For a remarkable Chinese opinion concerning how their own ancient characters tell the story of a flood and an ark, and how these ancient Chinese characters can be traced back to 2500 BC, please see the 8th reference in the Endnotes.8

Below is a picture of the Flood Tablet, from the Epic of Gilgamesh, which is now located in the British Museum.9  This tablet is from the great library of the Assyrian King Ashurbanipal:

If indeed the Flood was mythical and never really happened, how then could the account of Flood be so disseminated throughout the earth among so many different ethnic groups, many of them who are, and have been, so isolated from each other?  Only if it really happened, and all these people looked back on it as something in their own history, could the story have been sustained in some form for eons of time.  Something big must have happened.

Is the Flood really just a myth?  Or is it presumed as such because of the liberal scholars' insistence that there cannot be anything miraculous, and that all must conform to uniformitarianism and that these assumptions must overrule all other views regardless of the evidence?


The quest for finding the remains of Noah's Ark has been vigorously sought as this would vindicate God and His Genesis account.  However, no finding so far has reached the level of certainty such that there is a consensus of opinion among fundamentalists and liberals.  Scripture records the following:

1 But God remembered Noah and all the beasts and all the livestock that were with him in the ark. And God made a wind blow over the earth, and the waters subsided. 2  The fountains of the deep and the windows of the heavens were closed, the rain from the heavens was restrained, 3 and the waters receded from the earth continually. At the end of 150 days the waters had abated, 4 and in the seventh month, on the seventeenth day of the month, the ark came to rest on the mountains of Ararat. Gen 8:1-4 (ESV)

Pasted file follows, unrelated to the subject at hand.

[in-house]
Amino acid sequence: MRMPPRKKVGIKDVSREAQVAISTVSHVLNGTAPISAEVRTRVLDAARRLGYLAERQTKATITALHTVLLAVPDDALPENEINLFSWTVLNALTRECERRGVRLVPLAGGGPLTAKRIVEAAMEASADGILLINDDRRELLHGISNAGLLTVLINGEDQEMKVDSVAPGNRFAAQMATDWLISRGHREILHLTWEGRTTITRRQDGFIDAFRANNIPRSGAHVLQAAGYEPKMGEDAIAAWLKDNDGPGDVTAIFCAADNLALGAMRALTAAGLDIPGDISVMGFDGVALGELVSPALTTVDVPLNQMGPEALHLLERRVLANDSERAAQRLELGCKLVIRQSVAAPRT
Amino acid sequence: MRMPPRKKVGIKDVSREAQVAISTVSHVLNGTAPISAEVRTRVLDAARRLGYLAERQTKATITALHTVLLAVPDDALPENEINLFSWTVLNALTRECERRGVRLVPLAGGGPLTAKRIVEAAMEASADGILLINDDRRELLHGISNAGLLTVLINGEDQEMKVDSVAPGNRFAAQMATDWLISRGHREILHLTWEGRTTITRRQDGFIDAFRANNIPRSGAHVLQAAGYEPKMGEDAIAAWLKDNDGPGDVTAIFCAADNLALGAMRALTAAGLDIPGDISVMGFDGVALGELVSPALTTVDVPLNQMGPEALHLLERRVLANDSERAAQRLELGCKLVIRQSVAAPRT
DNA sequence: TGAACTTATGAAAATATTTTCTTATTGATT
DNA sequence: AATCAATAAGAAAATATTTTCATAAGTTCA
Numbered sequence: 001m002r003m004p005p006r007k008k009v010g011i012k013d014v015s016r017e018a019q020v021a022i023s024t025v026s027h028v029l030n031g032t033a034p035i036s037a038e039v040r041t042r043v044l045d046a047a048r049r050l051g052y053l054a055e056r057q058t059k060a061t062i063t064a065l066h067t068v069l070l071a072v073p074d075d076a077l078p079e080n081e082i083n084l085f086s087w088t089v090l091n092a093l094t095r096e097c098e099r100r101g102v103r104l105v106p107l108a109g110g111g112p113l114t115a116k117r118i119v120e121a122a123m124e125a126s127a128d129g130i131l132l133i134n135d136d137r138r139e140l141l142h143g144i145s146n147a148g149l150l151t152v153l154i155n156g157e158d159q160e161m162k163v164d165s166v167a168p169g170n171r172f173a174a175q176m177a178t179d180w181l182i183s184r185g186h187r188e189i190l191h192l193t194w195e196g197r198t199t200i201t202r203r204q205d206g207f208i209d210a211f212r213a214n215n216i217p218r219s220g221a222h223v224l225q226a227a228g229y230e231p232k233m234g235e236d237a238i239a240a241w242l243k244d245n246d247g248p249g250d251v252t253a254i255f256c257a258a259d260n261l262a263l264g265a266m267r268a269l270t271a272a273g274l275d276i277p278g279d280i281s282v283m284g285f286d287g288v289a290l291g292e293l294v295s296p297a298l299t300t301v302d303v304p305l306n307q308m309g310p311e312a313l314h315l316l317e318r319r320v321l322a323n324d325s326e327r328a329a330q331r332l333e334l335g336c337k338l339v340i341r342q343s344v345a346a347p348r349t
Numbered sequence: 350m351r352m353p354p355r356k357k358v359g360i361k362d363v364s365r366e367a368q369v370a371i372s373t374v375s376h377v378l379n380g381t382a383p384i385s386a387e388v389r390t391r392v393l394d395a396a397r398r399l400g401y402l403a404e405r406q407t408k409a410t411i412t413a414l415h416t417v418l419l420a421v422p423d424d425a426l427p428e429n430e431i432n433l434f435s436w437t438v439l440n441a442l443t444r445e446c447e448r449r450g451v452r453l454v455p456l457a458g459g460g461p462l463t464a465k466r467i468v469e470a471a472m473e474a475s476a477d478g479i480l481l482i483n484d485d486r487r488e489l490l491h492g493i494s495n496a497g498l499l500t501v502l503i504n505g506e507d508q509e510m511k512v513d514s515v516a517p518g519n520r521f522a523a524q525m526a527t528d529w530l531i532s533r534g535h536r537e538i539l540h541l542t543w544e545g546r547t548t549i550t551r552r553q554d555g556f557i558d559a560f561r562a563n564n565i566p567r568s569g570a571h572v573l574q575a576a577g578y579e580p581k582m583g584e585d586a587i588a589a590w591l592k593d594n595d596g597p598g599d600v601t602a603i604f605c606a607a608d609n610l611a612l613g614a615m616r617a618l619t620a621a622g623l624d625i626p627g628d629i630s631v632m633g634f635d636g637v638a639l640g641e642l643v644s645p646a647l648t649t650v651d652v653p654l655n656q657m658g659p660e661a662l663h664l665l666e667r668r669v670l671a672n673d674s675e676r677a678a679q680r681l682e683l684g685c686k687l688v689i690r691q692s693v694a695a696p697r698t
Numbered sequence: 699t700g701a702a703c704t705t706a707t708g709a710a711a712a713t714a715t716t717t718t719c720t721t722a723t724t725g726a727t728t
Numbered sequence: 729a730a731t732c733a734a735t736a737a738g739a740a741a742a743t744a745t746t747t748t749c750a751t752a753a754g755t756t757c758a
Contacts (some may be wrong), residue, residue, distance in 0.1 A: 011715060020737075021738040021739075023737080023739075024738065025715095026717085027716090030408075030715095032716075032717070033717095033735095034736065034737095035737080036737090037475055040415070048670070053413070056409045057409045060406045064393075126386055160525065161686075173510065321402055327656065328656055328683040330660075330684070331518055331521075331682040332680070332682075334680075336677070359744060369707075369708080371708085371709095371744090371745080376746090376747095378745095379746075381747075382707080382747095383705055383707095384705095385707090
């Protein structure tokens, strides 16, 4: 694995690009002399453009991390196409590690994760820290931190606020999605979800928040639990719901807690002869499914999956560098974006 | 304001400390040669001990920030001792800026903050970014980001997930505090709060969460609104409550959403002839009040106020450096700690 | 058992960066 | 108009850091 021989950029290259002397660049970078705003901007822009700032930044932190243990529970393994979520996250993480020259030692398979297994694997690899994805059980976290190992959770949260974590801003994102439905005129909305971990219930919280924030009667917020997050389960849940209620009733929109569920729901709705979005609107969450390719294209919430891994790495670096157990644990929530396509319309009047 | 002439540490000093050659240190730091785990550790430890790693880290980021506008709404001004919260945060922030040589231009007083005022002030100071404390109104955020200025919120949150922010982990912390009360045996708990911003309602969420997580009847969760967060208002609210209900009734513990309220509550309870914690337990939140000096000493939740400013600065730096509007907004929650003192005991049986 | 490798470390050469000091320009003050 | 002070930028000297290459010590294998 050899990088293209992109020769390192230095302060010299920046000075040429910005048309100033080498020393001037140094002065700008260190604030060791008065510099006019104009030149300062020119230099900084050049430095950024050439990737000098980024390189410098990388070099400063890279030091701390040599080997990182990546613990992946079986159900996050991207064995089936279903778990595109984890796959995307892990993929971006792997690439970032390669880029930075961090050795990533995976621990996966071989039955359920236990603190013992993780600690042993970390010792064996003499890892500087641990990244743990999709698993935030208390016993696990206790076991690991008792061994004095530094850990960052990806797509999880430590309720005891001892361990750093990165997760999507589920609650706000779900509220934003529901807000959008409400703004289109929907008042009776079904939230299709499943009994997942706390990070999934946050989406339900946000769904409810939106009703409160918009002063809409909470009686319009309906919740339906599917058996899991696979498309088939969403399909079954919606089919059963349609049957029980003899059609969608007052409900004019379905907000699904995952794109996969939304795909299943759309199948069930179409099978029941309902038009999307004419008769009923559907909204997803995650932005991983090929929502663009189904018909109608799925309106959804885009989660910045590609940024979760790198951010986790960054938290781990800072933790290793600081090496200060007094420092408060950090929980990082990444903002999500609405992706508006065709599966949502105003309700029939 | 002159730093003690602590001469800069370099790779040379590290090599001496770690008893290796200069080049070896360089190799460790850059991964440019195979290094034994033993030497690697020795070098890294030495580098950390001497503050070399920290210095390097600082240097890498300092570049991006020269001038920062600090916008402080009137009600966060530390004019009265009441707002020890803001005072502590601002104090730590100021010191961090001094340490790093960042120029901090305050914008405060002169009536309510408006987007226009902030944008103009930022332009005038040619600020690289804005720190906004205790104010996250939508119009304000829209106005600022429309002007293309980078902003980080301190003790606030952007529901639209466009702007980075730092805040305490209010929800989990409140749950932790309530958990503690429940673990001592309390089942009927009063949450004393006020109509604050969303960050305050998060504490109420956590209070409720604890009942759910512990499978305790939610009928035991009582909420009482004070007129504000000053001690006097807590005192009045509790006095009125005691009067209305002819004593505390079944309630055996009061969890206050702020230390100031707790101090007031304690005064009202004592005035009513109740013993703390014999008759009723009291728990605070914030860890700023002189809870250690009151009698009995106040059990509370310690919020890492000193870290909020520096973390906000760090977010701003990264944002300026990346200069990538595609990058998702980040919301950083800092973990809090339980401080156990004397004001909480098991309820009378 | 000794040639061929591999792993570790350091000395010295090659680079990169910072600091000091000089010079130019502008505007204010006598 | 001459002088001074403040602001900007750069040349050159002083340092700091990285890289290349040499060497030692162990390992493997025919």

Evidently there has been some contention about where the ark must be, and some say that it must be on Mount Ararat instead of any other mountain in Ararat, although the translation of the passage in Genesis does not mandate this.  There have been multiple claims of seeing the ark on Mt. Ararat, as well as some suggestive photographs of wooden structures protruding from the snow and ice.  However, some of these sightings were on the Russian side of Mt. Ararat, and until the Russian government allows an on-site excavation, this question cannot be settled.10

There was another interesting sighting on Doomsday Mountain, which is located 12-15 miles Southeast of Mt. Ararat.  The site is called Durupinar after the Turkish Army Captain who discovered a boat-like structure in an aerial photo in October 1959.11  Unfortunately, the Wikipedia entry that gives the history of the Durupinar site does not present the aerial photo that sparked the interest.  Therefore, if you are interested, you can view it at the 12th reference.12  It appears that surface testing with a ground penetrating radar as well as chemical testing done by Ron Wyatt's consultants suggested this was an ancient boat with the exact length (in Babylonian cubits) as was described in the Biblical account (Genesis 6:15), but somewhat wider secondary to some collapse of the structure.  Turkish governmental and scientific authorities evidently were impressed by these findings, and have recognized this site as Noah's Ark and built a visitors' center there.  However, a report regarding further testing done by Fasold and Collins did not confirm Wyatt's information, and suggested that the Durupinar site was just a natural phenomenon.13

The controversies about the Mr. Ararat and the Durupinar sites will not be resolved until these are properly excavated.  Hopefully the unpleasant and sometimes caustic rhetoric between theists and atheists will cease then, at least on this subject.

  1. http://www.britannica.com/EBchecked/topic/374532/Memphis/4780/Foundation-and-Early-Dynastic-Period#ref=ref120499
  2. http://en.wikipedia.org/wiki/Ebla
  3. Pettinato, G. The Archives of Ebla: An Empire Inscribed in Clay. Afterword by Mitchell Dahood, S.J..  Doubleday & Company, Inc., Garden City, New York, ©1981, p 244.
  4. Pettinato, G. Ibid., p 244.
  5. Pettinato, G. Ibid, p 261-262.
  6. http://en.wikipedia.org/wiki/%C3%96tzi_the_Iceman
  7. http://en.wikipedia.org/wiki/Deluge_(mythology)
  8. http://creation.com/images/pdfs/tj/j19_2/j19_2_96-108.pdf
  9. http://www.britishmuseum.org/explore/highlights/highlight_objects/me/t/the_flood_tablet.aspx
  10. Stewart, ibid., pp 98-100
  11. http://en.wikipedia.org/wiki/Durup%C4%B1nar_site#cite_note-Pockley-10
  12. http://www.wyattmuseum.com/noahs-ark-03.htm
  13. http://www.csun.edu/~vcgeo005/bogus.html